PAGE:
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Studies for Seniors »

By: Clinical Trials of Texas, Inc.

Ever take a minute to think about the process your daily medications had to go through in order to get to your local pharmacy? You may be surprised.

Most medications take a minimum of 12 years to hit store shelves. And that’s if the medication makes it that far. Only about 5 out of 5,000 drugs actually make it to market.

So why does it take so long?

All medications once created, go through pre-clinical testing meaning that the pharmaceutical company conducts its own testing before ever being tested in the human population. This takes about 2-3 years to complete. Once the testing has been completed and results are satisfactory, the drug goes to the FDA for approval to begin testing in humans.If approved, the medication then goes through several phases of testing, which you may be familiar with.

Phase I studies are the first tests done on a specific drug in healthy volunteers. This phase is testing safety of the drug and is usually only done on very small groups of people. This phase takes about a year to complete.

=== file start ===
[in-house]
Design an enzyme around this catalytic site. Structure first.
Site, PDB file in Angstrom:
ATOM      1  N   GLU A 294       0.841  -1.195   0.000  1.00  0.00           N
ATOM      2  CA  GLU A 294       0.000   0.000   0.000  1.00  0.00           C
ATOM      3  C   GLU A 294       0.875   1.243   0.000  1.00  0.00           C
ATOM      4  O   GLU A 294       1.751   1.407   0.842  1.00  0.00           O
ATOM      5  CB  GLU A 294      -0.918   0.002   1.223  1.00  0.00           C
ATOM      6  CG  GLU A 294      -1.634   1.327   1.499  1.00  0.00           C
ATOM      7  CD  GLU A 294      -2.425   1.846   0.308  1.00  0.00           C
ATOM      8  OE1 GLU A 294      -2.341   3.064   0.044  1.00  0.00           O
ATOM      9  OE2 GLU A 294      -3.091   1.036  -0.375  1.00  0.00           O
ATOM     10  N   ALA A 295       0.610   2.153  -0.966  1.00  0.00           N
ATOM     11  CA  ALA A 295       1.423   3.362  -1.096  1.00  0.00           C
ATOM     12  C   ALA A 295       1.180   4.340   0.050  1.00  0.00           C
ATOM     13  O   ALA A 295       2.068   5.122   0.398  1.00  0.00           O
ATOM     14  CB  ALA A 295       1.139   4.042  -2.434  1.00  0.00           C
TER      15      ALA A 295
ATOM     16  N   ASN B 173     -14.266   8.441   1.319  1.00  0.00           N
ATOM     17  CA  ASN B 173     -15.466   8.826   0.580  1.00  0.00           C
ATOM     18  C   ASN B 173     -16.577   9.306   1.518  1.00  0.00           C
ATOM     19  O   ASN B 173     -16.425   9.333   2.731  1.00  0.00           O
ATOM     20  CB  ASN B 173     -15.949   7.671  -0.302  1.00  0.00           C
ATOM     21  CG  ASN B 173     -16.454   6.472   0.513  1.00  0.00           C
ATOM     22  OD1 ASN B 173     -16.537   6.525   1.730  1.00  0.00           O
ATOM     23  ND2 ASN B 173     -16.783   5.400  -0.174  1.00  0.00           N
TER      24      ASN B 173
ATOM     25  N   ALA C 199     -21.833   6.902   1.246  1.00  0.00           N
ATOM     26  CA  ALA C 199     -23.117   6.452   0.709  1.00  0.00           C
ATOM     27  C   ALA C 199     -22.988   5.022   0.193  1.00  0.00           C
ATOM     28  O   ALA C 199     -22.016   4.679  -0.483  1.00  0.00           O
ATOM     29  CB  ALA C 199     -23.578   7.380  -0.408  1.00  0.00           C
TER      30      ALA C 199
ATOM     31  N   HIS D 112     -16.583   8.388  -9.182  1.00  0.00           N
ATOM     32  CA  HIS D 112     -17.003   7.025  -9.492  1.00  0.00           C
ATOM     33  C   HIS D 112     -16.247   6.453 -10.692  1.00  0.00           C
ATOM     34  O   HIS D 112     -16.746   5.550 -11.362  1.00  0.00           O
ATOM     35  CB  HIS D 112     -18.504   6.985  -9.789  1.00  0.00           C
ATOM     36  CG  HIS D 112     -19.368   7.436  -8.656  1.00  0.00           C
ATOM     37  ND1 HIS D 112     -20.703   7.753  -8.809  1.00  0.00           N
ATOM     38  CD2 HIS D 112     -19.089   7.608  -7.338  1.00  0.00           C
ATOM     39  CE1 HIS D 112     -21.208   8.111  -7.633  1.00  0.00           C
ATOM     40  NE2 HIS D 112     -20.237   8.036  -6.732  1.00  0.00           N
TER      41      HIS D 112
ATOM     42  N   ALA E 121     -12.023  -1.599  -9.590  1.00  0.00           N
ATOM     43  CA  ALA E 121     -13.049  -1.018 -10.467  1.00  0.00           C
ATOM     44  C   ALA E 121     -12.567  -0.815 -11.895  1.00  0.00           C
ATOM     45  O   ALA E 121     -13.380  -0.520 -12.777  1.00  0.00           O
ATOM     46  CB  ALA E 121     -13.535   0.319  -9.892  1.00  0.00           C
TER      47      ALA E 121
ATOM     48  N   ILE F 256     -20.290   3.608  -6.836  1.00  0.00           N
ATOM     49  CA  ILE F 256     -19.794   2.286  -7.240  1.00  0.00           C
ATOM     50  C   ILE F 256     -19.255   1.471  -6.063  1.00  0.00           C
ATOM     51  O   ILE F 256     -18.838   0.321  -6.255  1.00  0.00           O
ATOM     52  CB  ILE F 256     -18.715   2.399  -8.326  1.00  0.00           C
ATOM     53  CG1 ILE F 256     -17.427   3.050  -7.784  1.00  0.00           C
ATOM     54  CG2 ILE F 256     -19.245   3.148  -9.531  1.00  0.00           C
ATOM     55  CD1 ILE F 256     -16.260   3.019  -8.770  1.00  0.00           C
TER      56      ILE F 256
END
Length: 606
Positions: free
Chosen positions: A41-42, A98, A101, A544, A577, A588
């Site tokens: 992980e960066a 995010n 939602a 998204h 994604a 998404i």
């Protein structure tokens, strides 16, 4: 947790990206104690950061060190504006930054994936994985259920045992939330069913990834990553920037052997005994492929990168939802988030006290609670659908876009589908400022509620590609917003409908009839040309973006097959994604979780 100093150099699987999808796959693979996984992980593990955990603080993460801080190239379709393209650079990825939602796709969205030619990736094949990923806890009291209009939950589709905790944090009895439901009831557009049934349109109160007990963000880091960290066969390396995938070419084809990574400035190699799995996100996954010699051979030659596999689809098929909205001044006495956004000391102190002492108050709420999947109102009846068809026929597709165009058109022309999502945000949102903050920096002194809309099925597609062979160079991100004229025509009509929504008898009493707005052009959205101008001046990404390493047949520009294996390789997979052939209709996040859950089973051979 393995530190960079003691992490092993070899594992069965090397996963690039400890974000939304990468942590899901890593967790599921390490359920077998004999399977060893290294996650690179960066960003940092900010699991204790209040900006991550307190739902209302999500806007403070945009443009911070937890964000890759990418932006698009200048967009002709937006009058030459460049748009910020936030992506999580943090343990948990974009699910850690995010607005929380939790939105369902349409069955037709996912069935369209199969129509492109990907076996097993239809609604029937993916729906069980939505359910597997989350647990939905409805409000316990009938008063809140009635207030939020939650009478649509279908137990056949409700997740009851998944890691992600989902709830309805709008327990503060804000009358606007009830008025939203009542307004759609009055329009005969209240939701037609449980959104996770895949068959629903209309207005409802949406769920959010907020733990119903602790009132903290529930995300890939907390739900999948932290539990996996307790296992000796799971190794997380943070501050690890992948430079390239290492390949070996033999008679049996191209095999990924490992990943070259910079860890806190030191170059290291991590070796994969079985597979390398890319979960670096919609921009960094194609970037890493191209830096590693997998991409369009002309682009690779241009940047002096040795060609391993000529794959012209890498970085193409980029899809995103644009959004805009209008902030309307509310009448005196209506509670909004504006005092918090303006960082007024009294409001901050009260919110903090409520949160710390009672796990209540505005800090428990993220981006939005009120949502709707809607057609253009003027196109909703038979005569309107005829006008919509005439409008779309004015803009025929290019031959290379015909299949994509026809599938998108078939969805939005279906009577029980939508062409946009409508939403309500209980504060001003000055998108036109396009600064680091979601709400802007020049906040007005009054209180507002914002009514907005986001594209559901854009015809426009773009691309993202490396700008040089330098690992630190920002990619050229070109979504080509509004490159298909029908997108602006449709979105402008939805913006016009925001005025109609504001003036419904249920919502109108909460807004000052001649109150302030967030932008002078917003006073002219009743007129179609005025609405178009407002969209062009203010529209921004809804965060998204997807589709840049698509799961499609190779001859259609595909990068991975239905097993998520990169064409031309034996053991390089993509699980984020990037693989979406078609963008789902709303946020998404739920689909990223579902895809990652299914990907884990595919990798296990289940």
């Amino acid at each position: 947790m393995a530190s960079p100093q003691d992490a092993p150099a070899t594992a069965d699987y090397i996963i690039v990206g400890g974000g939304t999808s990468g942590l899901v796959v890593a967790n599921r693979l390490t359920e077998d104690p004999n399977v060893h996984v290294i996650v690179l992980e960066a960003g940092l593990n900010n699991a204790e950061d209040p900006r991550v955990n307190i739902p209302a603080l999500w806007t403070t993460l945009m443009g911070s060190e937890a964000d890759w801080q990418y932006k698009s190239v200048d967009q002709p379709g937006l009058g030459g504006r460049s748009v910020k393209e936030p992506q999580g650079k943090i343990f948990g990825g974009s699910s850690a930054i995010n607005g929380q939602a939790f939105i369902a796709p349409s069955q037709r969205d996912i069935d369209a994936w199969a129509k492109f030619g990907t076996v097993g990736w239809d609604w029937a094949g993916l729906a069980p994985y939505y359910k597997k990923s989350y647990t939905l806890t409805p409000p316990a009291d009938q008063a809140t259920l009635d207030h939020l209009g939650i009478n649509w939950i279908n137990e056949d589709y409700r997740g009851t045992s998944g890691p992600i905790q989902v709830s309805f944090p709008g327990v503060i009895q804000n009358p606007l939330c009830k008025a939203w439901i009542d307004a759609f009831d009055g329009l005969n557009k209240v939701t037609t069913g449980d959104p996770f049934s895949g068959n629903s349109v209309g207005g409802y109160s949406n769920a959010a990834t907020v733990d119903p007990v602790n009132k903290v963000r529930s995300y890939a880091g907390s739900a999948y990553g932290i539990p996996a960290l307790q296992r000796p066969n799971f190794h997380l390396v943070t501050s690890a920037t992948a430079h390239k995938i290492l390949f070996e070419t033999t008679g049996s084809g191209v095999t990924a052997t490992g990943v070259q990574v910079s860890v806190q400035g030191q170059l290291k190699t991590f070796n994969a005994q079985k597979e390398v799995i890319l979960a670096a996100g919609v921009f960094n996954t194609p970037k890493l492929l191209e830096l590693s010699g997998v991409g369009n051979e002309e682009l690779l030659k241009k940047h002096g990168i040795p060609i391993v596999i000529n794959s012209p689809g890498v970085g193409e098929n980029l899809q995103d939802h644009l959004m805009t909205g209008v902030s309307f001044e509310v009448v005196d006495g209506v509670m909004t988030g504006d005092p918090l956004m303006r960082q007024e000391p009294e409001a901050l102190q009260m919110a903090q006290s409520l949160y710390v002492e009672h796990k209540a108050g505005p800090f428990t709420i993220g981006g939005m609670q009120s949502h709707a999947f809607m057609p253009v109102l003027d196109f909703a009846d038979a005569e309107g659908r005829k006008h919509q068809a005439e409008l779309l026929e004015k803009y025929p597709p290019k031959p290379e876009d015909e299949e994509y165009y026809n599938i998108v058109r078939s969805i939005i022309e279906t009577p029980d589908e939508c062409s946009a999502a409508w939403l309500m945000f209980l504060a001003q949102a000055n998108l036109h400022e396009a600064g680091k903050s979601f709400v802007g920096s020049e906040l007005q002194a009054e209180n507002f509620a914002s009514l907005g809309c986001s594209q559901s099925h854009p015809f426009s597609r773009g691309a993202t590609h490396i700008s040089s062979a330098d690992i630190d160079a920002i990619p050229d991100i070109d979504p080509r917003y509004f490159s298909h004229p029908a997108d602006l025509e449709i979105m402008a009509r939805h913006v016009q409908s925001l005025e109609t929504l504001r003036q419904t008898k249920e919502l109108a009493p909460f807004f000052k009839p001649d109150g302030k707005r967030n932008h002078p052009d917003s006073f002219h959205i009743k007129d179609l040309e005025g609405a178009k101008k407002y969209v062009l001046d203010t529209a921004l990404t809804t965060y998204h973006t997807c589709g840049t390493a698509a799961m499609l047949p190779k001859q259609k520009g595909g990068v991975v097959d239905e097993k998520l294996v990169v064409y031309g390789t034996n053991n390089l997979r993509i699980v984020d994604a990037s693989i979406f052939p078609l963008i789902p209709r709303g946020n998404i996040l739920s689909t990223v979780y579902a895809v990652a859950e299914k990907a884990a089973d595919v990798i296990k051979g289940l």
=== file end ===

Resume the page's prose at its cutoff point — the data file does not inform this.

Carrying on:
Phase II studies are done on a slightly larger scale and are almost always conducted on volunteers that have the certain condition that the medication is made for. This phase generally takes about 2 years to complete and is used to determine the minimum and maximum effective dose.

Phase III studies are done to show safety and effectiveness of a proposed medication and are typically conducted on thousands of people. This phase takes about 3 years to complete. Once this phase is completed and the pharmaceutical company finds that the medication is effective, they will file a new drug application (NDA) wtih the FDA. It usually takes about 2 and a half years for the FDA to complete their review.

The final phase of testing, Phase IV, is done to test the ongoing safety and effectiveness of a medication after it has been FDA approved.

Phew! Now that’s a long time.

The good news is that because people like you volunteer to be in research studies, we are able to have many of the life-saving medications we have today. Want to know more about the benefits of participating in research? Click here.